That last chorus — I get lucky — summed up the way I was feeling out on the sidewalk in the rain. After the show, Allmayer tallied the missed notes and lack of focus at various points — elements that, for me, made the night all the more warm and accessible.

I reassured him, though I wasn’t able to say what I was really thinking. My mind was still reeling over the sense of closeness among the people inside, standing with Kesler’s wife, Lendy, and Allmayer’s girlfriend, Sara, talking for the first time in a decade with Grither bassist Mark Reynolds, a man who has definitely grown younger over time. A band is a symbolic thing — a community in which each player offers something unique to create an otherwise impossible whole. It felt like these old friends appreciated that about one another more than ever.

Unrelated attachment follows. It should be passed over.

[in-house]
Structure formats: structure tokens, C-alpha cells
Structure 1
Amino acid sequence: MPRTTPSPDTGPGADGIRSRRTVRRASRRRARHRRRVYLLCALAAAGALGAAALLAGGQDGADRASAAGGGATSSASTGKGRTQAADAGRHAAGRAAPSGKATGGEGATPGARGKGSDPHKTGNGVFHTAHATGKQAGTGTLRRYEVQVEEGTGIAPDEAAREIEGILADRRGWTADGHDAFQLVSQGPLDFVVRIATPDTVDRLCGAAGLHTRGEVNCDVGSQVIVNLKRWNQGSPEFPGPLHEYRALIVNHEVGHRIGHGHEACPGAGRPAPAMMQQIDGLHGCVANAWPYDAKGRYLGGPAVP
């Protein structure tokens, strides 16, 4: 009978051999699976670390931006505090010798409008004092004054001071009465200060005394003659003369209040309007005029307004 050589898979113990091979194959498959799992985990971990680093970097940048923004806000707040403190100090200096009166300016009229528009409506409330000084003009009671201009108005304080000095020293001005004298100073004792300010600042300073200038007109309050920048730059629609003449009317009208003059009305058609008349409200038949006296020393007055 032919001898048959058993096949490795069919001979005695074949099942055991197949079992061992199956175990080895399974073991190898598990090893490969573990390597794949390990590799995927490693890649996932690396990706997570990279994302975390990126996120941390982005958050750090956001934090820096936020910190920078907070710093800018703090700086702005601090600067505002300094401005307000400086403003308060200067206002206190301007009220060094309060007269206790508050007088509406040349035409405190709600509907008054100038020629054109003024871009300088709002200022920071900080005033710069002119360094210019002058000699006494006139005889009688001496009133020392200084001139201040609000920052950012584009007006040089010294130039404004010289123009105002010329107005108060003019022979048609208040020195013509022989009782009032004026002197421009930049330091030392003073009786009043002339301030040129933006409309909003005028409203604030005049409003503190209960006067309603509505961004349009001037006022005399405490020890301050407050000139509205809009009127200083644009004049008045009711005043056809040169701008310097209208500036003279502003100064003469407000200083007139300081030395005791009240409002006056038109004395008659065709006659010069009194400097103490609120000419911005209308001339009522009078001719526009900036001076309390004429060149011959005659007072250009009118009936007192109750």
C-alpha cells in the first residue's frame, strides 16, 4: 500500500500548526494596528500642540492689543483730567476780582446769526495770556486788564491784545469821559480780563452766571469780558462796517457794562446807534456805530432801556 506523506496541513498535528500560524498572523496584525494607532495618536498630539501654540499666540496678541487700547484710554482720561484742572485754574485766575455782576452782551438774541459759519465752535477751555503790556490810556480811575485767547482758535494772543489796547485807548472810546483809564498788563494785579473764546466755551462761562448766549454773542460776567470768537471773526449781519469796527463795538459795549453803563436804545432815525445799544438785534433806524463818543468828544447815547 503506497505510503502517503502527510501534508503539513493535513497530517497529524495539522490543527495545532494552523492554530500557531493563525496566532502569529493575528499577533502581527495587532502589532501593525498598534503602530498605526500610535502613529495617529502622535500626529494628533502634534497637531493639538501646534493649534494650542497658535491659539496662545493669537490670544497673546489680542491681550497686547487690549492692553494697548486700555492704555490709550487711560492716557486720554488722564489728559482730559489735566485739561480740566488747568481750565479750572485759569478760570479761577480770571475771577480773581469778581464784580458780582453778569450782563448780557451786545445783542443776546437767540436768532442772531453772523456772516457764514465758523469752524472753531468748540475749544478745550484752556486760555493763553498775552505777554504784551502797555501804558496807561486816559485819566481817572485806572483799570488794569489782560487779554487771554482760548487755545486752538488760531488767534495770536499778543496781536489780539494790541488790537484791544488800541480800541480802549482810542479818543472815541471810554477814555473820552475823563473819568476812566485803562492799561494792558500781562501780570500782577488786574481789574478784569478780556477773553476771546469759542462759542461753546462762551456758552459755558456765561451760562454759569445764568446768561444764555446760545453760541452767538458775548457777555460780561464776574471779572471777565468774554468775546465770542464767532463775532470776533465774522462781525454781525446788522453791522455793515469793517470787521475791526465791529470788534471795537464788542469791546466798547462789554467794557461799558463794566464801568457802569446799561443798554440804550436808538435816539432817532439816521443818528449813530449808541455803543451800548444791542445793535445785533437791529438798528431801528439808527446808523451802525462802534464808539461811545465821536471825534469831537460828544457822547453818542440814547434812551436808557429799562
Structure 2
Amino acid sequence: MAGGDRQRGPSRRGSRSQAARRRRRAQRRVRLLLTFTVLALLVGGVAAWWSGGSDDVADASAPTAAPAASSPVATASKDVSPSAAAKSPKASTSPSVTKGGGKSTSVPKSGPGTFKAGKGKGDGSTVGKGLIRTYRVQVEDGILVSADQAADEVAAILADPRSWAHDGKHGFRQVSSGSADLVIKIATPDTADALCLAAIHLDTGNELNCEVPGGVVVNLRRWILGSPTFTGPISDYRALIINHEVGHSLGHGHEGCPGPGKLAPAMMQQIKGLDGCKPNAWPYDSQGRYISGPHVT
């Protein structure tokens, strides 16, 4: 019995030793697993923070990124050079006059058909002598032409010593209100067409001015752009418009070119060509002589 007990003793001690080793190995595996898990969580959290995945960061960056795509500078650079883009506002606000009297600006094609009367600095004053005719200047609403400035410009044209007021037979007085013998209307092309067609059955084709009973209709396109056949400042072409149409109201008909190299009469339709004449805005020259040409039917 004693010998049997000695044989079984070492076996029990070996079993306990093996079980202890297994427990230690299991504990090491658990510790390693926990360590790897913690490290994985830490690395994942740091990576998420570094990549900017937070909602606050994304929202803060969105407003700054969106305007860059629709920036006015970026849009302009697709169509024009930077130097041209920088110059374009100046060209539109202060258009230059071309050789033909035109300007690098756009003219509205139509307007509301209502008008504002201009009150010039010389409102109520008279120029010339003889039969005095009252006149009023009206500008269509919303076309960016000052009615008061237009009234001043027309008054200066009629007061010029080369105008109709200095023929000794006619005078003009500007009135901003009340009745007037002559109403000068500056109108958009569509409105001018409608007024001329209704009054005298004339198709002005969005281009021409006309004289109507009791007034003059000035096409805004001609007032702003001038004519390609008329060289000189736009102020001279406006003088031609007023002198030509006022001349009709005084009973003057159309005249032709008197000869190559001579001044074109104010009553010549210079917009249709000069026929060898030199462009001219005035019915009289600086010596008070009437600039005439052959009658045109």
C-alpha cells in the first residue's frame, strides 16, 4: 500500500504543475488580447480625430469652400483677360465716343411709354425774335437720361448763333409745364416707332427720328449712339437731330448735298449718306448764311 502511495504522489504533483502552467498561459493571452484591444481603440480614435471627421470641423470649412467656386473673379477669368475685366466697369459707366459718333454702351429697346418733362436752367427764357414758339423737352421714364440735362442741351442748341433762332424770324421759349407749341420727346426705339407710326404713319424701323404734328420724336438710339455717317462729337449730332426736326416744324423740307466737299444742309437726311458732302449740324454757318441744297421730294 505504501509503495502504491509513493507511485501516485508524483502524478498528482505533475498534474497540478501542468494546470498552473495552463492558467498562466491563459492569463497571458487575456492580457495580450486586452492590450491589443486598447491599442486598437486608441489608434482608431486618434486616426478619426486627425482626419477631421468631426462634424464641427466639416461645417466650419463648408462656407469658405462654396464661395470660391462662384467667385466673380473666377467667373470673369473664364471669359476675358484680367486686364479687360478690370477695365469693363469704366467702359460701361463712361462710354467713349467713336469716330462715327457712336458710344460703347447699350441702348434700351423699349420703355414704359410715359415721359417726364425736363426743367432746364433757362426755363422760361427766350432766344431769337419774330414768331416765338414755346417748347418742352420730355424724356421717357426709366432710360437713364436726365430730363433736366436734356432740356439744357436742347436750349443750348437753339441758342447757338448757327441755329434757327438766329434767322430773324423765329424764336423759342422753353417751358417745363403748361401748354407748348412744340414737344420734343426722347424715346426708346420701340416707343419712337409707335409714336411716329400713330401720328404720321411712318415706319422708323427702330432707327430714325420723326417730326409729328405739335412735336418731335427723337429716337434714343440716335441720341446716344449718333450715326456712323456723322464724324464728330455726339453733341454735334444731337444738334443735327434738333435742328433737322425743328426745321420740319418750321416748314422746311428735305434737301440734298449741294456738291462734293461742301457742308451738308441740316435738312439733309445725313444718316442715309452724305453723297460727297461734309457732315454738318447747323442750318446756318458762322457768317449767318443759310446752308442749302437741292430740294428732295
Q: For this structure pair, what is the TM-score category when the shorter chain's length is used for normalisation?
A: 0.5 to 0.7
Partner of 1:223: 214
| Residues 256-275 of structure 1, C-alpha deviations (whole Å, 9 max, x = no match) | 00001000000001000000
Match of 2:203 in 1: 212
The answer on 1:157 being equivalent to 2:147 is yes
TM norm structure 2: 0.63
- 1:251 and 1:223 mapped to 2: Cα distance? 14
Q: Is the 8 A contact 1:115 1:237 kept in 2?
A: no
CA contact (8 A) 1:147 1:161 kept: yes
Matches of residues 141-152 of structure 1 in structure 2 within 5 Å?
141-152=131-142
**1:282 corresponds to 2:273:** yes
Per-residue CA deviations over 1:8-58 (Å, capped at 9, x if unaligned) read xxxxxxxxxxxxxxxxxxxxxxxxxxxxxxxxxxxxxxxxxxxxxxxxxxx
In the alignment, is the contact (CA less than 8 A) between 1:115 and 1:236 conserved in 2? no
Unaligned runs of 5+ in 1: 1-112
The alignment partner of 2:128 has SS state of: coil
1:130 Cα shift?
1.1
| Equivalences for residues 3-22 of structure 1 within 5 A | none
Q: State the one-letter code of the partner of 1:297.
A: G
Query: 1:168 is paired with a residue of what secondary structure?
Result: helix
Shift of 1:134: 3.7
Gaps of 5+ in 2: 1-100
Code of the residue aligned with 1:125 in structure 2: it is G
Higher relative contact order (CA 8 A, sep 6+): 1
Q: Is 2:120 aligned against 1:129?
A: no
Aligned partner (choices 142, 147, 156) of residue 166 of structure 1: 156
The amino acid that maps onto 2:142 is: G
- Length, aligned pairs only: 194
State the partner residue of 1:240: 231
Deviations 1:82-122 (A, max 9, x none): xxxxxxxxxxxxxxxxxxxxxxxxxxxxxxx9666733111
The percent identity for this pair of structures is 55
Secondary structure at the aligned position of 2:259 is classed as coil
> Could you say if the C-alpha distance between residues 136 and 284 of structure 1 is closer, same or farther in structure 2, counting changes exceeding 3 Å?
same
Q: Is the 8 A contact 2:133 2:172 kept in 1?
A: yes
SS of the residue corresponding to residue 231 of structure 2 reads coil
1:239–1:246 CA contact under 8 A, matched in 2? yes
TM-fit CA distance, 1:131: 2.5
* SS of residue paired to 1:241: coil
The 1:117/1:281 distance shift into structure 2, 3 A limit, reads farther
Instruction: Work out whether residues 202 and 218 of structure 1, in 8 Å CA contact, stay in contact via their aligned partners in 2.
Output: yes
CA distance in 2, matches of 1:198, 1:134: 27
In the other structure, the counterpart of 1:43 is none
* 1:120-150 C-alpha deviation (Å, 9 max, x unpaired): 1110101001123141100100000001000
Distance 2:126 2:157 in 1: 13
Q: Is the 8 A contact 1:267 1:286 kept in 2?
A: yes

I felt the same way. Back in 1988, the Pedaljets had fueled my early desire to write and to believe in the promise of rock and roll, especially what was happening in Kansas City. Now, these four guys were showing that the promise can live on.

I’d just finished writing a story about the band, but I knew I was going to scrap that story in favor of this one. I told Allmayer about the plan for my new approach.

He gave me a sideways grin and asked, “So, you think you can get a second story out of us?”

“By now,” I answered — meaning sometime during the past 20 years — “I thought I would have written the book.”

He laughed and patted me on the back. “Sucker!”